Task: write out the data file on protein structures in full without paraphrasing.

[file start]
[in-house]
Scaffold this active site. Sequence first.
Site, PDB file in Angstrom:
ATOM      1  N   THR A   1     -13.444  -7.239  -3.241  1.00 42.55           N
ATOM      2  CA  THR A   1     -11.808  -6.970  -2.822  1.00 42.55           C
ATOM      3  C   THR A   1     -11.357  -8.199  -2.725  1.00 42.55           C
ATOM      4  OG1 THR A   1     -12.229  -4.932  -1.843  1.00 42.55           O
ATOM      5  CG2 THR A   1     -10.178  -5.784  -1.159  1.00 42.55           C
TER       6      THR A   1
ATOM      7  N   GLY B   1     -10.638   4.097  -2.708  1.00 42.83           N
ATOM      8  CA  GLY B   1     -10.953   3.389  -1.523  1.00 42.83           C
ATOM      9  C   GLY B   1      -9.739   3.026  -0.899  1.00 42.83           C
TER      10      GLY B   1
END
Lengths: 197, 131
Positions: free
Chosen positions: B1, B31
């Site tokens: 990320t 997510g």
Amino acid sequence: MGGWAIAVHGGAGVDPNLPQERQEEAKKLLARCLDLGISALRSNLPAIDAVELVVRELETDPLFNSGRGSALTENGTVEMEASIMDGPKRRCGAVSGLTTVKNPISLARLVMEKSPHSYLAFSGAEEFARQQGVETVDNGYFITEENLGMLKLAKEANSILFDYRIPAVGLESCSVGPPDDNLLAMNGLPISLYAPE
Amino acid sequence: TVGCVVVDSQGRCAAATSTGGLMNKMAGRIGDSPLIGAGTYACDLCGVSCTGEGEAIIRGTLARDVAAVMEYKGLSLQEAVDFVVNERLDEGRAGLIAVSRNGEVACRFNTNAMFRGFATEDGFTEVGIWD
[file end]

[in-house]
Scaffold this active site. Sequence first.
Site, PDB file in Angstrom:
ATOM      1  N   THR A   1     -13.444  -7.239  -3.241  1.00 42.55           N
ATOM      2  CA  THR A   1     -11.808  -6.970  -2.822  1.00 42.55           C
ATOM      3  C   THR A   1     -11.357  -8.199  -2.725  1.00 42.55           C
ATOM      4  OG1 THR A   1     -12.229  -4.932  -1.843  1.00 42.55           O
ATOM      5  CG2 THR A   1     -10.178  -5.784  -1.159  1.00 42.55           C
TER       6      THR A   1
ATOM      7  N   GLY B   1     -10.638   4.097  -2.708  1.00 42.83           N
ATOM      8  CA  GLY B   1     -10.953   3.389  -1.523  1.00 42.83           C
ATOM      9  C   GLY B   1      -9.739   3.026  -0.899  1.00 42.83           C
TER      10      GLY B   1
END
Lengths: 197, 131
Positions: free
Chosen positions: B1, B31
């Site tokens: 990320t 997510g």
Amino acid sequence: MGGWAIAVHGGAGVDPNLPQERQEEAKKLLARCLDLGISALRSNLPAIDAVELVVRELETDPLFNSGRGSALTENGTVEMEASIMDGPKRRCGAVSGLTTVKNPISLARLVMEKSPHSYLAFSGAEEFARQQGVETVDNGYFITEENLGMLKLAKEANSILFDYRIPAVGLESCSVGPPDDNLLAMNGLPISLYAPE
Amino acid sequence: TVGCVVVDSQGRCAAATSTGGLMNKMAGRIGDSPLIGAGTYACDLCGVSCTGEGEAIIRGTLARDVAAVMEYKGLSLQEAVDFVVNERLDEGRAGLIAVSRNGEVACRFNTNAMFRGFATEDGFTEVGIWD